HORTUS SANITATIS. [Strassburg: Johann Prüss, c. 1499?].
Chancery folio, 309 x 210 mm., contemporary blind-stamped pigskin, sides tooled to a panel design with rolls, rosette stamps and square winged lion stamps, pair of leather and metal clasps (one torn), broken, backstrip detached, endpapers renewed, some mostly marginal worming at front and back, title marginally soiled and with a few small marginal repairs, 2nd leaf repaired at bottom, marginal tear to A5 grazing a letter, short marginal tear to O2, fol. Dd6 stained, woodcut of boars mating on K4r stained from formerly pasted down overslip (traces of paper remaining), occasional light foxing.
Collation: a8 b-k6 l8 m-r6 s8 t-z6 A6 B8 C-E6 F8 G-I6 K8 Aa-Bb6 Cc8 Dd-Ee6 Ff8 Gg6 Hh. Ii-Ll6 (a1r general title, a1v large woodcut of apothecary and physician, a2r-v prologue, a2v-I6r text of first part, De herbis, I6v blank, K1r section title to part 2, "Sequuuntur alii tractatus", with four woodcuts, of animals, fish, birds and man picking up rocks, each representing one of the 4 following parts and captioned appropriately, K1v full-page woodcut of skeleton with letterpress anatomical captions, K2r-O3v De animalibus, O4r-U5v De avibus, U5v-Aa5v De piscibus, Aa6r-Ff8v De Lapidibus, Gg1r, title "Tractatus de urinis", with woodcut of sick man in bed attended by three physicians, on verso the repeated apothecary cut, Gg2r-Hh4v De urinis, Ii1r-Ll6r tables, Ll6v blank). 360 leaves, unfoliated. Types: 4:300 (title), 15:210 (title); 13:146 (headlines); 84 (text). Double column, 55 lines and headlines, marginal letters keyed to indices. Over 1000 small woodcuts in text (including repeats), of plants, animals, and genre scenes (the cut on d5r, 2nd column, printed upside down). Numerous 7- and 8-line white-on-black and outline initials, 2- and 3-line Lombard initials.
Fourth edition, the third printed by Johann Prüss, of the Hortus Sanitatis, the third and broadest in scope of the three great fifteenth-century herbals, "PERHAPS THE MOST IMPORTANT MEDICAL BOOK PRINTED BEFORE 1500" (Hunt, p. 12). In 1491 Jacob Meydenbach of Mainz published this new and greatly enlarged Latin version of Schoeffer's Gart der Gesundheit, itself an expanded vernacular adaptation of the Latin Herbarius. Meydenbach expanded the traditional chapters on plants and entirely restructured the text, so that each chapter proceeds from a physical description of the plant and its synonyms to a discussion of its geographical origins and finally a list of its medicinal applications, the latter headed "Operationes". To this traditional section on plants he added a greatly enlarged section on animals, birds, fish, stones and minerals, whose medicinal properties had been only briefly alluded to in the Gart der Gesundheit, expanded the treatise on uroscopy, and made the indices easier to use through the use of key letters printed in the text margins. The woodcuts from Meydenbach's edition, particularly those relating to zoology and minerals, the most popular and frequently reprinted or copied section of the Hortus, were copied and imitated throughout Europe for nearly a century, in a variety of publications.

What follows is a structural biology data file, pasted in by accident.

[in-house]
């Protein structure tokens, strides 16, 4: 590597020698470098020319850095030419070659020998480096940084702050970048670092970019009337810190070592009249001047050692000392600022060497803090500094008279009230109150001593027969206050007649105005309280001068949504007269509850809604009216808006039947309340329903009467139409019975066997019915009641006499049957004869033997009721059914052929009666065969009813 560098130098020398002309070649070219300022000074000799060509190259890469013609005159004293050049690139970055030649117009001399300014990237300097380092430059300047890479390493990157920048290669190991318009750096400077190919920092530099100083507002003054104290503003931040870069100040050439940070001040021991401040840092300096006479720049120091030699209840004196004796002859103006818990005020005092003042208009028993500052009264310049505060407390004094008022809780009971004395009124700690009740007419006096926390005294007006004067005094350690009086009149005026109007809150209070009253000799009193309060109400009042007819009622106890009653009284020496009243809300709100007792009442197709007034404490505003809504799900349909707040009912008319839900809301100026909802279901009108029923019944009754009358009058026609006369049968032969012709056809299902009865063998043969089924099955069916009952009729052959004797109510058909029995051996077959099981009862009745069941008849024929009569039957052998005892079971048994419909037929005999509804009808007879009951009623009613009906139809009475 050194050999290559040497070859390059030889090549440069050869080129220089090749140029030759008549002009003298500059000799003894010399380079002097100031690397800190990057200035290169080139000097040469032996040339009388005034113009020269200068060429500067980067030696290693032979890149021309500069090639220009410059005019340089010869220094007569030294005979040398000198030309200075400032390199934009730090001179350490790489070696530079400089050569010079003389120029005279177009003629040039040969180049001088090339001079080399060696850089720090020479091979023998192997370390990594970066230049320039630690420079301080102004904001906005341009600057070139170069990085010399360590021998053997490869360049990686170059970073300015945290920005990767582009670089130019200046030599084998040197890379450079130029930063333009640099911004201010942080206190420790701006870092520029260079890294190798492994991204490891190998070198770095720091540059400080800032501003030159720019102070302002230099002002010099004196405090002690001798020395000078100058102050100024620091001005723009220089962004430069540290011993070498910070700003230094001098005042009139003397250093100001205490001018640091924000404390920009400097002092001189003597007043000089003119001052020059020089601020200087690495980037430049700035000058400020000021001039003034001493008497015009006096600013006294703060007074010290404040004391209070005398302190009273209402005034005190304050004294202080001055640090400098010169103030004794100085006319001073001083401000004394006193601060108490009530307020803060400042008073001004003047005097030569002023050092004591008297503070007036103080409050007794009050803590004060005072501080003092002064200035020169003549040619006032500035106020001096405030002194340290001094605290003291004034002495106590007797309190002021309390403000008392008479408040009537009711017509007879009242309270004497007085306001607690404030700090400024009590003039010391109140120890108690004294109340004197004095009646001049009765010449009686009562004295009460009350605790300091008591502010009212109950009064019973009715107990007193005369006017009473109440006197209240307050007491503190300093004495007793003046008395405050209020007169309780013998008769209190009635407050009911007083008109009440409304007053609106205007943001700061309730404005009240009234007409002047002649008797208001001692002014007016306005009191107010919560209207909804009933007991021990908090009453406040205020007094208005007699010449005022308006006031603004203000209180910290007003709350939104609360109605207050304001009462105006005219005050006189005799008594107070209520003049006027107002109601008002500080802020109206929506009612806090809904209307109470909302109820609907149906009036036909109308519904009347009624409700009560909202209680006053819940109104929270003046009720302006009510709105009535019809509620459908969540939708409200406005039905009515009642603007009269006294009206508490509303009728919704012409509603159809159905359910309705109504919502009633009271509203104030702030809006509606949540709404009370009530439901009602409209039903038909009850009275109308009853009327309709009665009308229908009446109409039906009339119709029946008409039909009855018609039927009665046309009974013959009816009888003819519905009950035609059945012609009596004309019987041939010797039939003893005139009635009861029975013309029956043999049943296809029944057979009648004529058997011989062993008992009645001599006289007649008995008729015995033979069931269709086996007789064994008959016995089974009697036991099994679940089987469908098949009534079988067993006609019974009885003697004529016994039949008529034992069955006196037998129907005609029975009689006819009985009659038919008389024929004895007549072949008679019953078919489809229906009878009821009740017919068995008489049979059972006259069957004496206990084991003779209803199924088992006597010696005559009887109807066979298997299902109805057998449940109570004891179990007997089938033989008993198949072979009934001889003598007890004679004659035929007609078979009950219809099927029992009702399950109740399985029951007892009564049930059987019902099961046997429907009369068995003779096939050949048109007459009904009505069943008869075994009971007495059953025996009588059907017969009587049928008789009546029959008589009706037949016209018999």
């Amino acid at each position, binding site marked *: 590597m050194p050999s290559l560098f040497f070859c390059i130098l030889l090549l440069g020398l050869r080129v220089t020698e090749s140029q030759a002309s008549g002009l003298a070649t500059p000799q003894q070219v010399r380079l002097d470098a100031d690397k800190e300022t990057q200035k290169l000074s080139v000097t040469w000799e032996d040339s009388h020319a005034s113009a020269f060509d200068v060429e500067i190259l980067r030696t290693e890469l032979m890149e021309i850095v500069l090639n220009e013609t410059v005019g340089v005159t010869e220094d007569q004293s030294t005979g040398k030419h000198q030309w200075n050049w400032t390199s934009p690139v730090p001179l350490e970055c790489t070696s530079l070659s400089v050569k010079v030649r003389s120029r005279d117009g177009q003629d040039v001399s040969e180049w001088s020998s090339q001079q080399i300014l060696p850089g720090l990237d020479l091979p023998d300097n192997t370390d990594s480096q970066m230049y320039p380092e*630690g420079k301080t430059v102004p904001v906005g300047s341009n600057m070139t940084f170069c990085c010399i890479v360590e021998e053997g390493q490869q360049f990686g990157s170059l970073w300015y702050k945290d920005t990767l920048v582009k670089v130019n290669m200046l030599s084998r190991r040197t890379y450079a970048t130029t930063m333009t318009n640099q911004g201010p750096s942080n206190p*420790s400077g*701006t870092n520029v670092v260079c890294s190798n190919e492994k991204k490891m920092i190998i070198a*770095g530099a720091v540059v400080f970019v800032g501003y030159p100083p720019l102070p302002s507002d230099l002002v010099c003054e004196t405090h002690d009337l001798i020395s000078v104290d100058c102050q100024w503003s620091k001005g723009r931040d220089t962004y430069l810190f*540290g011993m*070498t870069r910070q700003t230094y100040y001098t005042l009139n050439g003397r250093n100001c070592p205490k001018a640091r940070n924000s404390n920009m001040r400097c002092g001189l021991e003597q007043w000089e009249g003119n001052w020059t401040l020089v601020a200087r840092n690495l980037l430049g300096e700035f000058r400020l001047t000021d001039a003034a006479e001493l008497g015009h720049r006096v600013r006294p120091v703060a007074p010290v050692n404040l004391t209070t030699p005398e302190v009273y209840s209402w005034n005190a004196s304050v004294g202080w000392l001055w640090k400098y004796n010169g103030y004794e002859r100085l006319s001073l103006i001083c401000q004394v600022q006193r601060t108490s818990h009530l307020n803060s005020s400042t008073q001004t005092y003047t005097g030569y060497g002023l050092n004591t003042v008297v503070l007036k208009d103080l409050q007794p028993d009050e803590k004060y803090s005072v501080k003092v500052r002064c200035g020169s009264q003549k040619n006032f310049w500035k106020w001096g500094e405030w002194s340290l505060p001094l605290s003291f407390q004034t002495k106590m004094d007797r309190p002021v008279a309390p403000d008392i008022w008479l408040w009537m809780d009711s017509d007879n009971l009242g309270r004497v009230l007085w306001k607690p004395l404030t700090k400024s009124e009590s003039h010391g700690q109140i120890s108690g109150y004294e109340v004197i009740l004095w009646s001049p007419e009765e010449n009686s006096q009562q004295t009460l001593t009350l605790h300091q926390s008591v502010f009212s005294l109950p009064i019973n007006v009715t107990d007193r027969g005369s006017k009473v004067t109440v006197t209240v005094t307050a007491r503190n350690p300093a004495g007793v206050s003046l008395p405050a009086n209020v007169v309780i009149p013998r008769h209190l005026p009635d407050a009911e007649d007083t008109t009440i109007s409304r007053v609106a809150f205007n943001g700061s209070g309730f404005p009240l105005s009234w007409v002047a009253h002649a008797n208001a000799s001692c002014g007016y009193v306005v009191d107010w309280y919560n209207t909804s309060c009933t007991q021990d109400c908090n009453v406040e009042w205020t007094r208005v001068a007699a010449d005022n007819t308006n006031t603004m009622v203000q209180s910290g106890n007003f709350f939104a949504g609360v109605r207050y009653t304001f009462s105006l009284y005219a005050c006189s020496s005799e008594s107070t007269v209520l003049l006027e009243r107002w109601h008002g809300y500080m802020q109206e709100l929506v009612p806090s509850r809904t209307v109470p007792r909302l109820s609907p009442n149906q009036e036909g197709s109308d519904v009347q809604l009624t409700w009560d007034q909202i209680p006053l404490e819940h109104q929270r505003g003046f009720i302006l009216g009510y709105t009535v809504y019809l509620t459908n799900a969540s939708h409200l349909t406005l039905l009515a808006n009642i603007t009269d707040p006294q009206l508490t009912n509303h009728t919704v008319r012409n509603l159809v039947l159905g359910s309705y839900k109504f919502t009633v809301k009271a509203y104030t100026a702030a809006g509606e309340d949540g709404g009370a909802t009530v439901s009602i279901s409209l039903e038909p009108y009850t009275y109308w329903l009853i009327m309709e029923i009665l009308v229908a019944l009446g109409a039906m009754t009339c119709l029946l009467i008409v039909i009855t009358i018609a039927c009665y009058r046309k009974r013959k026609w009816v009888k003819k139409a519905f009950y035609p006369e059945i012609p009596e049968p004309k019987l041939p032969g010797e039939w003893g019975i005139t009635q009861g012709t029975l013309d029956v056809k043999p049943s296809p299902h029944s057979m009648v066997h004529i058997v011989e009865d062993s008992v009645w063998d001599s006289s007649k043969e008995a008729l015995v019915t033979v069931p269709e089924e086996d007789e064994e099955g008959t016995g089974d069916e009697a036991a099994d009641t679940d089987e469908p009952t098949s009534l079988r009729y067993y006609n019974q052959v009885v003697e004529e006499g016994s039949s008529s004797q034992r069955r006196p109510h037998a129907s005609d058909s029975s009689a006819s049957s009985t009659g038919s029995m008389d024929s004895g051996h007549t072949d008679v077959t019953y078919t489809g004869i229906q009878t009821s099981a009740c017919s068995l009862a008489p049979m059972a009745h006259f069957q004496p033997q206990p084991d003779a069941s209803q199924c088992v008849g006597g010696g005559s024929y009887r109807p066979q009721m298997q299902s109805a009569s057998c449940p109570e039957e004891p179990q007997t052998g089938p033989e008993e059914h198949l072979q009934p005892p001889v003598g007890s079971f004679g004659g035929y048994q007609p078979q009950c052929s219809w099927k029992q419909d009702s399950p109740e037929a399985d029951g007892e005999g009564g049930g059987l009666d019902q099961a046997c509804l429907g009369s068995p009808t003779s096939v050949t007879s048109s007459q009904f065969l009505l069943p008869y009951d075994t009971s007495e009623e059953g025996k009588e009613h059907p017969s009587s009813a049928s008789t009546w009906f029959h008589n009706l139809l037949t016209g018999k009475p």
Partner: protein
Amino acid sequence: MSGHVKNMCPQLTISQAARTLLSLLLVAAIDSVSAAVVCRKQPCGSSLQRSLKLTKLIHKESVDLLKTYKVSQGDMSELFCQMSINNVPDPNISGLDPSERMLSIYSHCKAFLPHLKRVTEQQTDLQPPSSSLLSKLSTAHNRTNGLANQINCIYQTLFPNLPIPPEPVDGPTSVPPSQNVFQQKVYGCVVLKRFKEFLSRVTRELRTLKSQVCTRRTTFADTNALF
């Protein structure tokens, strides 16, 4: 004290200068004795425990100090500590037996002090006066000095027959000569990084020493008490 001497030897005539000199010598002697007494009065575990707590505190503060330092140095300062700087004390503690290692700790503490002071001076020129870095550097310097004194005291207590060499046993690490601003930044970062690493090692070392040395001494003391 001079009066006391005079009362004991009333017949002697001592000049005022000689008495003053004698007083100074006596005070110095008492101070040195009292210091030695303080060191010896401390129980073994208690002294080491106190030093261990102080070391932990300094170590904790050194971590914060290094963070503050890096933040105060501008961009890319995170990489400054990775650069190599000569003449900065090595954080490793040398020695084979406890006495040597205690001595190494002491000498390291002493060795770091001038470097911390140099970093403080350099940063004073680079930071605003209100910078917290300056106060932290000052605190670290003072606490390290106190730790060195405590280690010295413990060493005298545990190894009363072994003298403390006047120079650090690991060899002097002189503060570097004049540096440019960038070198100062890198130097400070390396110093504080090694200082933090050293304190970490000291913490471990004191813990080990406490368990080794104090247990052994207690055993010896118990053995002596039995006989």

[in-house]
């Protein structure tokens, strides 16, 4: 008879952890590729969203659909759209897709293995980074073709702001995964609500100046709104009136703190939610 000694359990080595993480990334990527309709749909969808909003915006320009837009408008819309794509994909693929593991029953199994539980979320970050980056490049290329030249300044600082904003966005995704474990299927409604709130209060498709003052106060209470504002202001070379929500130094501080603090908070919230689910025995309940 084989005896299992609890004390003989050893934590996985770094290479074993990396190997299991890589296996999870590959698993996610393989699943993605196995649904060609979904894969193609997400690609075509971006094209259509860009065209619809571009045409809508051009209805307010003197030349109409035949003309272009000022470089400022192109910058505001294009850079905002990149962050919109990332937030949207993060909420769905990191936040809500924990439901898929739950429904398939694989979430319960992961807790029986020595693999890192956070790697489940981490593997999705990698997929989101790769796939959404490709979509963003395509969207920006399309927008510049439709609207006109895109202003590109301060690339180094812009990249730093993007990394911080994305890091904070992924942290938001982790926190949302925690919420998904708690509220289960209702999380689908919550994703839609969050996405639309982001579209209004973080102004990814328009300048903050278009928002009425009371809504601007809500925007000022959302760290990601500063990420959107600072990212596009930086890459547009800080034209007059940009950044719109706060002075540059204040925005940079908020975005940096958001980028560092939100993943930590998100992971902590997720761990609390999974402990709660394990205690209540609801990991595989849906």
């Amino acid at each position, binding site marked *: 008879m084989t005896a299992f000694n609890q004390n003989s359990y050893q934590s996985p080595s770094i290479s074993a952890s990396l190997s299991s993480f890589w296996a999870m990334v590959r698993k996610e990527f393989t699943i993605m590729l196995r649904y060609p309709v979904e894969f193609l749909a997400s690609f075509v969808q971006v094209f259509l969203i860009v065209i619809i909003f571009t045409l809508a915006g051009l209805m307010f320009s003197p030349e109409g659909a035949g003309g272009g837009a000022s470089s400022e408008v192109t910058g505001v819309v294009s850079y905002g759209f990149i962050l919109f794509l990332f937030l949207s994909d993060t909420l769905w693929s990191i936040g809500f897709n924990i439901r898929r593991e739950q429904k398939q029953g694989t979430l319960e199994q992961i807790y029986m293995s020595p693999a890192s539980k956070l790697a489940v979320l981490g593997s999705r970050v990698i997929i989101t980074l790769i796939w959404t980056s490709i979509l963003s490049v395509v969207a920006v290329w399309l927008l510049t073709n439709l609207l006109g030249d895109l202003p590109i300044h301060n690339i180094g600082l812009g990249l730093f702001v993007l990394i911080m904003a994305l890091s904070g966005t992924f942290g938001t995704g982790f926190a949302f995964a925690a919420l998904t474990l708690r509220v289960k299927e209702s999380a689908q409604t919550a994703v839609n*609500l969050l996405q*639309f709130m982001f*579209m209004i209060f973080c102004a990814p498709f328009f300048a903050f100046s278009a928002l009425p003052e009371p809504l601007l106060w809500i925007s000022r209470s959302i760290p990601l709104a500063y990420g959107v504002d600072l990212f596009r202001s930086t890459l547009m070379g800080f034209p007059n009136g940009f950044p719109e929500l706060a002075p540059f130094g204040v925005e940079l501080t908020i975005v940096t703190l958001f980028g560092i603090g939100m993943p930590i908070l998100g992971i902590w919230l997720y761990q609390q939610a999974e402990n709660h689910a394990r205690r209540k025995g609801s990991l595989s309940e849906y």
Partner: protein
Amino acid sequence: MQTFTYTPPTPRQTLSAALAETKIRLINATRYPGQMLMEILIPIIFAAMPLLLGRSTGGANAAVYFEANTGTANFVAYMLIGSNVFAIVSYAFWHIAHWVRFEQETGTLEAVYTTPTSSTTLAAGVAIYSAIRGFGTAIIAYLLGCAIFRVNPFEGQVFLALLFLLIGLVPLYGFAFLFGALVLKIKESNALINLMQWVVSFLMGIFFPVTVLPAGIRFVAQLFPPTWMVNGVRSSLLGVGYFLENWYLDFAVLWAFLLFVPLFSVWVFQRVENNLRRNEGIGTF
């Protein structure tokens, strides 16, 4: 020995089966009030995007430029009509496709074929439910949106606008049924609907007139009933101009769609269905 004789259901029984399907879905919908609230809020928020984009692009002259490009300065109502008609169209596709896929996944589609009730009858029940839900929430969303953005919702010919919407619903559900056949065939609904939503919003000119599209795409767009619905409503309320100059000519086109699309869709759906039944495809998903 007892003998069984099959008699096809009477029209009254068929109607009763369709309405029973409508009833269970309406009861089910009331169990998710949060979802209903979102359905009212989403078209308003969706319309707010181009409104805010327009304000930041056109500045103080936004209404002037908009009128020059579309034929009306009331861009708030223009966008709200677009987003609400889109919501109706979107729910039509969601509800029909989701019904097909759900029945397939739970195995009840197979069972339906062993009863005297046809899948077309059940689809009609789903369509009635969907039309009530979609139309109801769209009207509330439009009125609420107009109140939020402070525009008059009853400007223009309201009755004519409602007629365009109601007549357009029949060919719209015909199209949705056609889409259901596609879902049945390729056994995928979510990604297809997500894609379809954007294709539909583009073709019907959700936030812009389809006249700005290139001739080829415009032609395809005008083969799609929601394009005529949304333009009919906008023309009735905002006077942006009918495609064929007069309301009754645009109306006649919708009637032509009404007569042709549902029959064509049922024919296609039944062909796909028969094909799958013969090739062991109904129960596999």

All three of Johann Prüss's editions of the Hortus sanitatis are undated; the first was printed no later than 21 October 1497, and this final edition has been variously ascribed to 1503 (Schreiber), 1507 (Fairfax Murray and CIBN), 1510? (BMC), and c. 1499 (Goff). Most of the plant woodcuts of the Prüss editions were previously used in Johann Grüninger's edition (1485/86) of the Gart der Gesundheit, while the majority of the remaining cuts are either direct or reverse copies of the Meydenbach cuts, some slightly reduced or with added background or different costumes for the human figures, and with additional single-line borders to the cuts in the second part. The three large woodcuts were first used in Grüninger's edition of Brunschwig's Chirurgia (4 July 1497); the apothecary cut was cut down slightly for the present edition. Prüss's editions of the Hortus sanitatis were the first to include the woodcut of the human skeleton, also borrowed from Brunschwig's Chirurgia; it was reproduced in later editions of the herbal and remained, according to Klebs (Early Herbals), "from a graphic viewpoint the best that was published... before Vesalius."
CIBN H-296; Fairfax Murray German 194; Goff H-489; HC 8943; Klebs/Becher 48; Klebs Hortus 4; Schreiber 4250.
Provenance: Vernon J. Watney, Cornbury Park (sale, Christie's London, 7 June 1967, lot 267), 19th-century ink stamp on front flyleaf -- Robert de Belder.